Friday, August 28, 2009

Parenting Lessons from the Wayward Son - Table Talk for Parshat Ki Tetze

A couple I know had trouble getting their son to go to minyan in the morning, especially during the summer. The kid (naturally) wanted to sleep in, and the father could never coax his son to get up on time for davening. Truth be told, though, is that the father's biggest obstacle to getting his son to shul wasn't the child. It was his wife.
She feels that summer is a time to relax, and that she didn't want her son to grow up resenting being forced to go to shul. So the child knew that if he simply did not go, the father could never actually force his son because his wife would never back him up. So the boy didn't go.
Who's right? Is the father right - that it's important to strong-arm a child (not yet Bar Mitzvah) and strongly encourage him to daven with a minyan, even during vacation? Or is the mother right, and summer is a time to relax and not coerce children religiously? Actually, I think that in this case they're both wrong. I'll explain why.
The Gemara tells us that the ben sorer u'moreh - the wayward son, never actually existed. There never was a young man who stole from his parents, drank wine and raw meat, got turned over to the courts by his parents and then executed not for what he had done - but for what he would inevitably do in the future. It never happened, ever. If so, why does the Torah include an entire section describing a practical impossibility? The Gemara in Sanhedrin (70a) explains, דרוש וקבל שכר - "study and derive from it, and receive reward." Whether it happened of not, we have much to learn not just from the rebellious son, but from his parents.
The Torah tells us that when the "rebellious son" acts out in the prescribed manner,
וְתָפְשׂוּ בוֹ, אָבִיו וְאִמּוֹ; וְהוֹצִיאוּ אֹתוֹ אֶל-זִקְנֵי עִירוֹ, וְאֶל-שַׁעַר מְקֹמוֹ
then shall his father and his mother lay hold on him, and bring him out unto the elders of his city, and unto the gate of his place (Devarim 21:19)
Based on the inclusion of both the father and the mother in the verse, the Mishnah in Sanhedrin (Chapter 8) makes the following observation:
If the father wanted [to hand over his son] but the mother did not, or the mother wanted and the father did not, [the son] does not become a "rebellious son" until they both want. Rabbi Yehudah says, if the mother was not "worthy" to her husband, [the son] does not become a "rebellious son".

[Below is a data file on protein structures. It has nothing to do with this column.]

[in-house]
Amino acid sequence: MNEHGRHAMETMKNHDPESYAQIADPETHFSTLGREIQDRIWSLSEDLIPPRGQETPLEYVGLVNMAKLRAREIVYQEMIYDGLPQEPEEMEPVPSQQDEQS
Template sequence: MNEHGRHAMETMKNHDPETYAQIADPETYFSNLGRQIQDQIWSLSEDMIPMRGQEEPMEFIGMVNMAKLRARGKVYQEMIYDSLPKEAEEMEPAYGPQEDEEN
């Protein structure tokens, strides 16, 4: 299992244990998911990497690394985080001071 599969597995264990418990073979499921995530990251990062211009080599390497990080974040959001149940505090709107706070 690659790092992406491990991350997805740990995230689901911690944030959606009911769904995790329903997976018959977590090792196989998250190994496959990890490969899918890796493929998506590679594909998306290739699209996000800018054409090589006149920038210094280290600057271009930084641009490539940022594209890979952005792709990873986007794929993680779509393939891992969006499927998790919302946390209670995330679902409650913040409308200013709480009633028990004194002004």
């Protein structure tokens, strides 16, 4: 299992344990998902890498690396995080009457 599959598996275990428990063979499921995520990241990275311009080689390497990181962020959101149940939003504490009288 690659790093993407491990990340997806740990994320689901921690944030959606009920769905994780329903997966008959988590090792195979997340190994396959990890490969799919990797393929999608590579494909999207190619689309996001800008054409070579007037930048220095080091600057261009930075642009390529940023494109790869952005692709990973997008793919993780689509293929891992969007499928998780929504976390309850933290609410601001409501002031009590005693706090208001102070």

The Gemara immediately jumps on Rabbi Yehudah's final comment. What does he mean when he says, "if the mother was not 'worthy' (in Hebrew the word is ראוייה - which I translate as "worthy" but can also mean "appropriate" or "suitable") to her husband"? The Gemara rejects a number of possibilities and concludes that Rabbi Yehudah's rule teaches us that she must physically resemble her husband. The Gemara quotes a Beraita that states,
רבי יהודה אומר אם לא היתה אמו שוה לאביו בקול ובמראה ובקומה, אינו נעשה בן סורר ומורה
Rabbi Yehudah says, if she is not equal to her husband in [the sound of her] voice, in looks and in stature, [the son] does not become a "rebellious son".
Does he mean this phrase literally? Must they really look like each-other, sound identical and be the same height? Remember that this phenomenon never actually happened. Rabbi Yehudah surely did care about the technical details, but he also wanted to use those specifics to teach us critical lessons about parenting. This one is pretty clear: parents must be on the same page when raising their children.
Kids need the stability and safety of a unified message from their parents. They need to understand the ground rules - what's expected and what's not; what's over the line and what's acceptable. And they must present a unified front to their children, so that kids don't have a sense of confusion and lack of clarity.
Let's take it one step further. When parents disagree with each other in front of their children, they undermine their own authority. A child can reasonably conclude: well, my father doesn't agree with my mother, so why should I listen to her? My son is sitting here watching me write, and after reading this last sentence he said, "Actually, a kid thinks that if parents disagree with each other, why should I listen to either of them?" Smart words. The reason for this is that when one parent's authority is undermined, the other is automatically undermined as well.
So do parents have to agree on everything? Of course not. They should hopefully agree on most things, but each parents brings a different set of values to parenting their children, as they should. What then should they do when they disagree? Keep if to themselves.
This is where the couple went wrong: the father thinks his son should go to shul in the summer. The mother doesn't want to force him. Both have legitimate points of view. But they needed to discuss those points of view together first, come to a reasonable compromise, and present that compromise to their child.
That is not what they did. They openly talked about their disagreement to friends in front of their children. So their son did not attend minyan all summer long. After all, he knew that his mother wouldn't force him. But what his mother might not realize is that the next time she wants to parent, she too has lost her authority. In the end, her son won't listen to her either.